Better Together: Mentoring at the Helm
Updated: Jun 21, 2018
Can you think of a person who had a positive influence on your young life? Many successful adults report that, in addition to their parents and friends, one or more individuals had an impact on their lives, and without the encouragement of that person, they would not have been as strong or successful as they are. For some, it was a coach who guided them, for others it was a youth pastor or teacher. Whatever role those caring adults originally played, they took the extra step to make a personal connection by mentoring the young person, and that made all the difference.
Although mentoring has been adopted by educational institutions, churches, community organizations, and even businesses, it is not a modern concept. In fact, the origin of the word comes from Mentor, a character in Greek Mythology who served as Odysseus’ trusted counselor. Mentoring is a practice in traditional as well as in modern cultures, at times generating a societal structure that ensures its people understand and embrace the values and virtues of the culture. Other mentoring systems take the form of a contextual learning situation, in which a protégé learns skills from a mentor, as well as an identity or role in a village or community. Modern mentoring has come to mean a wise and trusted counselor or teacher to a younger person.
The Helmsmen Institute recognizes the impact a Christian mentor can have on a young person’s life, and has established mentoring as a principle and approach in the design of their camps. Helmsmen Institute mentors are not a replacement for parents, nor are they therapists; they are, instead, individuals who have the unique ability to come alongside a student to reinforce the Christian principles taught at home, while encouraging their protégés to reach their full potential.
As Christians, the first question that must be asked before endorsing any relationship is whether it is consistent with Christian principles. In other words, is it Biblical? Though the word “mentor” is not used in the Bible, the idea of a wise and trusted individual guiding a younger person is frequently found in both the Old and New Testaments. Moses was mentored by his father-in-law, Jethro (Exodus 18), and then served as a mentor to Joshua. And it is probably no surprise that later, Joshua mentored the other leaders of his army. Through the mentoring relationship between Eli and Samuel, Eli prepared Samuel to be Israel’s last judge and first prophet (1 Samuel 1–4). Jesus mentored His disciples (Luke 9), and Paul mentored Timothy (Acts 16; 1 & 2 Timothy). Through this simple survey of the Bible, the answer to the question is, yes, a Christian mentoring relationship is consistent with Christian principles. With this assurance, the Helmsmen Institute has embraced the rich lessons in these Biblical examples of mentoring, using them to provide guidance and integrating them into the training the Helmsmen Institute provides to its camp staff.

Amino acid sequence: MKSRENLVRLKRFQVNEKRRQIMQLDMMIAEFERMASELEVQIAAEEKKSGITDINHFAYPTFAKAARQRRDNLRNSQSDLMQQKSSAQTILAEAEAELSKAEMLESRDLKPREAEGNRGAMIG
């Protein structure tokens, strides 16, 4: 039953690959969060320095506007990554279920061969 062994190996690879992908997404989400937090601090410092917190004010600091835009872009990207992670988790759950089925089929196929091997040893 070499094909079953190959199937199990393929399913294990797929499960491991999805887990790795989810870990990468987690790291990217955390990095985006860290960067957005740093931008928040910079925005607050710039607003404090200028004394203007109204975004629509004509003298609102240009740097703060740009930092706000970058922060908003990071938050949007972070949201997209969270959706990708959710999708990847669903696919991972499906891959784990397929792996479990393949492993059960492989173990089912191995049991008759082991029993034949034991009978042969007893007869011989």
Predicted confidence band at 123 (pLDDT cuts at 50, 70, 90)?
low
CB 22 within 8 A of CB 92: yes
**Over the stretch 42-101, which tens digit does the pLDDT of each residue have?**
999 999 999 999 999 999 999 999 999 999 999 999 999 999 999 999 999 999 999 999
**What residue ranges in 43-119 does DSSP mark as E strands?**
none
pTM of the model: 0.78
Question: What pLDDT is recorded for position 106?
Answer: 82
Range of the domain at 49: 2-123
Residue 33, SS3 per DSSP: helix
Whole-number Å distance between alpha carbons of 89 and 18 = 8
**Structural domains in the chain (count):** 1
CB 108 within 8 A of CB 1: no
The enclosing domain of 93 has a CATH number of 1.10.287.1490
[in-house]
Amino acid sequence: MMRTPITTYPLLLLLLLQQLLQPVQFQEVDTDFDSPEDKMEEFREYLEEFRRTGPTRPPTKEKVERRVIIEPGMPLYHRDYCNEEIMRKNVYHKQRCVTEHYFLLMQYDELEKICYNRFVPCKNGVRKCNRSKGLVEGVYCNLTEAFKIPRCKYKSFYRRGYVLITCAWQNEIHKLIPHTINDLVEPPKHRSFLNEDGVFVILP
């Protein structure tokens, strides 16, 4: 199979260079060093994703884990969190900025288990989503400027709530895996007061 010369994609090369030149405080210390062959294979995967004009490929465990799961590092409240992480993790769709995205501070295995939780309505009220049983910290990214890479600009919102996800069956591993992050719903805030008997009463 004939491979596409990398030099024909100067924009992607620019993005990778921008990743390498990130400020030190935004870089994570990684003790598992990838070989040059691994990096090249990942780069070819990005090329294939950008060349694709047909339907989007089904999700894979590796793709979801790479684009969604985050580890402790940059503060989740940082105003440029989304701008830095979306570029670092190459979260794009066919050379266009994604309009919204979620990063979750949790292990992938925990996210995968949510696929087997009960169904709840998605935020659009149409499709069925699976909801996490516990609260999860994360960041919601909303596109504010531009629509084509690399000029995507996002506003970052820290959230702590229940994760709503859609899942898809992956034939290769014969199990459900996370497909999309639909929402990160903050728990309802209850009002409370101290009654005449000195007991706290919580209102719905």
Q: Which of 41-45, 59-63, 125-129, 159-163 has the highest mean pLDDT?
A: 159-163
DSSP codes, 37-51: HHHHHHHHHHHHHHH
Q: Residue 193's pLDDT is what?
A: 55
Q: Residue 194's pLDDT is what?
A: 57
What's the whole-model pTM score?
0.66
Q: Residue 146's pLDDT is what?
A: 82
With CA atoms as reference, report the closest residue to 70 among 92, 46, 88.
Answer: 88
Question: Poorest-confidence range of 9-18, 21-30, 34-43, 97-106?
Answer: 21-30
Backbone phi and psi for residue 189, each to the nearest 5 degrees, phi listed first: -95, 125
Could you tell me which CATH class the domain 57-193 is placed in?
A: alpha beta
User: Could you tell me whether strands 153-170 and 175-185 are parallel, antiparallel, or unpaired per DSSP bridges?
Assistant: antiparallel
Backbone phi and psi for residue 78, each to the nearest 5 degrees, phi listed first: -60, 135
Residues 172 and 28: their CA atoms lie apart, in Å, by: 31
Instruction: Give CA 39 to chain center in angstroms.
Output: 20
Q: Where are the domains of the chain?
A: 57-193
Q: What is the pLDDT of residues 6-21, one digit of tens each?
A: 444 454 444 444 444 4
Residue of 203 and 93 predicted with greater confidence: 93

Although a mentoring relationship is typically designed to benefit the protégé, experience shows that it is mutually beneficial, and even passed along to the next generation of youth. Retired Pastor and Ministry Coach, Ken Horton, offers this statement about these benefits: "Mentoring is a mutually encouraging relationship distinguished by the power of example (1 Corinthians 4:16; 11:1), the wisdom of humility (James 3:13; 1 Peter 5:5-7), and an attitude of enthusiasm (Romans 12:1; 3 John 4). These are experienced by both parties as God works His transforming purpose in them." The Helmsmen Institute, founded and run by Stoa alumni, is an example of youth who have recognized the value of a mentoring relationship and are now passing along those blessings to the next group of Stoa competitors. Even Paul, in his relationship to Timothy, recognizes the multi-generational benefits of mentoring, as seen in 2 Timothy 2:2, “You have heard me teach things that have been confirmed by many reliable witnesses. Now teach these truths to other trustworthy people who will be able to pass them on to others.” In the development of the Helmsmen Institute programs and services, Christian mentoring has been, and will continue to be, a guiding principle.